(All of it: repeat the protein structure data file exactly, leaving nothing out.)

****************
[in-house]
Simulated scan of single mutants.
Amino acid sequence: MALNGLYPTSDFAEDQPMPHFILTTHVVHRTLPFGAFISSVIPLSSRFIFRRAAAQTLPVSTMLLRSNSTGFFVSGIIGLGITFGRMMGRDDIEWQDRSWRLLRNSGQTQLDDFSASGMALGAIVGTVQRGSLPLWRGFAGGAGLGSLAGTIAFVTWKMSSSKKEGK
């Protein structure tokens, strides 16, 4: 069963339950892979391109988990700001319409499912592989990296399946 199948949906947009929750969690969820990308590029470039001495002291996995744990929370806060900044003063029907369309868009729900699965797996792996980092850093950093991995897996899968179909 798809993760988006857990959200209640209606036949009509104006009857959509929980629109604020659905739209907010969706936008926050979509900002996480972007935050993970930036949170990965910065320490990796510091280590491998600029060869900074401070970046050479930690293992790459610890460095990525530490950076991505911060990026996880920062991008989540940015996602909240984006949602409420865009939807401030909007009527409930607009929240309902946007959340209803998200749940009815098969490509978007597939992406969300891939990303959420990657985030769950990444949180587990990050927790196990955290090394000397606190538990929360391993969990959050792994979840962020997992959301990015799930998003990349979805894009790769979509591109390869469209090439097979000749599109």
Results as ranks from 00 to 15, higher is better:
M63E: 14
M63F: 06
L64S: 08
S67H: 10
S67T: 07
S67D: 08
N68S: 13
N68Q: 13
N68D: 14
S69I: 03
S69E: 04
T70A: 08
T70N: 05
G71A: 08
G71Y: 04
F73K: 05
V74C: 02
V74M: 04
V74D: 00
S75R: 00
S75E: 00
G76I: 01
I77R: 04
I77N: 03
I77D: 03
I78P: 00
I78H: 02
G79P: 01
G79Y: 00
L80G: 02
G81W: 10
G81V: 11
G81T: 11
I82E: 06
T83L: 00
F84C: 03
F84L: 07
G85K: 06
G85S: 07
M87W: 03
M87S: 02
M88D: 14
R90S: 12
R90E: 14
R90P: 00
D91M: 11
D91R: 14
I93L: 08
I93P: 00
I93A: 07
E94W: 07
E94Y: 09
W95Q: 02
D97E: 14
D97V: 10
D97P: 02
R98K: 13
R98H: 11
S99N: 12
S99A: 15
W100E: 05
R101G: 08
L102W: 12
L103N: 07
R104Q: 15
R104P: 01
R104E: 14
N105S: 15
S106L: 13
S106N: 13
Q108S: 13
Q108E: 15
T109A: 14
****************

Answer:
[in-house]
Simulated scan of single mutants.
Amino acid sequence: MALNGLYPTSDFAEDQPMPHFILTTHVVHRTLPFGAFISSVIPLSSRFIFRRAAAQTLPVSTMLLRSNSTGFFVSGIIGLGITFGRMMGRDDIEWQDRSWRLLRNSGQTQLDDFSASGMALGAIVGTVQRGSLPLWRGFAGGAGLGSLAGTIAFVTWKMSSSKKEGK
């Protein structure tokens, strides 16, 4: 069963339950892979391109988990700001319409499912592989990296399946 199948949906947009929750969690969820990308590029470039001495002291996995744990929370806060900044003063029907369309868009729900699965797996792996980092850093950093991995897996899968179909 798809993760988006857990959200209640209606036949009509104006009857959509929980629109604020659905739209907010969706936008926050979509900002996480972007935050993970930036949170990965910065320490990796510091280590491998600029060869900074401070970046050479930690293992790459610890460095990525530490950076991505911060990026996880920062991008989540940015996602909240984006949602409420865009939807401030909007009527409930607009929240309902946007959340209803998200749940009815098969490509978007597939992406969300891939990303959420990657985030769950990444949180587990990050927790196990955290090394000397606190538990929360391993969990959050792994979840962020997992959301990015799930998003990349979805894009790769979509591109390869469209090439097979000749599109």
Results as ranks from 00 to 15, higher is better:
M63E: 14
M63F: 06
L64S: 08
S67H: 10
S67T: 07
S67D: 08
N68S: 13
N68Q: 13
N68D: 14
S69I: 03
S69E: 04
T70A: 08
T70N: 05
G71A: 08
G71Y: 04
F73K: 05
V74C: 02
V74M: 04
V74D: 00
S75R: 00
S75E: 00
G76I: 01
I77R: 04
I77N: 03
I77D: 03
I78P: 00
I78H: 02
G79P: 01
G79Y: 00
L80G: 02
G81W: 10
G81V: 11
G81T: 11
I82E: 06
T83L: 00
F84C: 03
F84L: 07
G85K: 06
G85S: 07
M87W: 03
M87S: 02
M88D: 14
R90S: 12
R90E: 14
R90P: 00
D91M: 11
D91R: 14
I93L: 08
I93P: 00
I93A: 07
E94W: 07
E94Y: 09
W95Q: 02
D97E: 14
D97V: 10
D97P: 02
R98K: 13
R98H: 11
S99N: 12
S99A: 15
W100E: 05
R101G: 08
L102W: 12
L103N: 07
R104Q: 15
R104P: 01
R104E: 14
N105S: 15
S106L: 13
S106N: 13
Q108S: 13
Q108E: 15
T109A: 14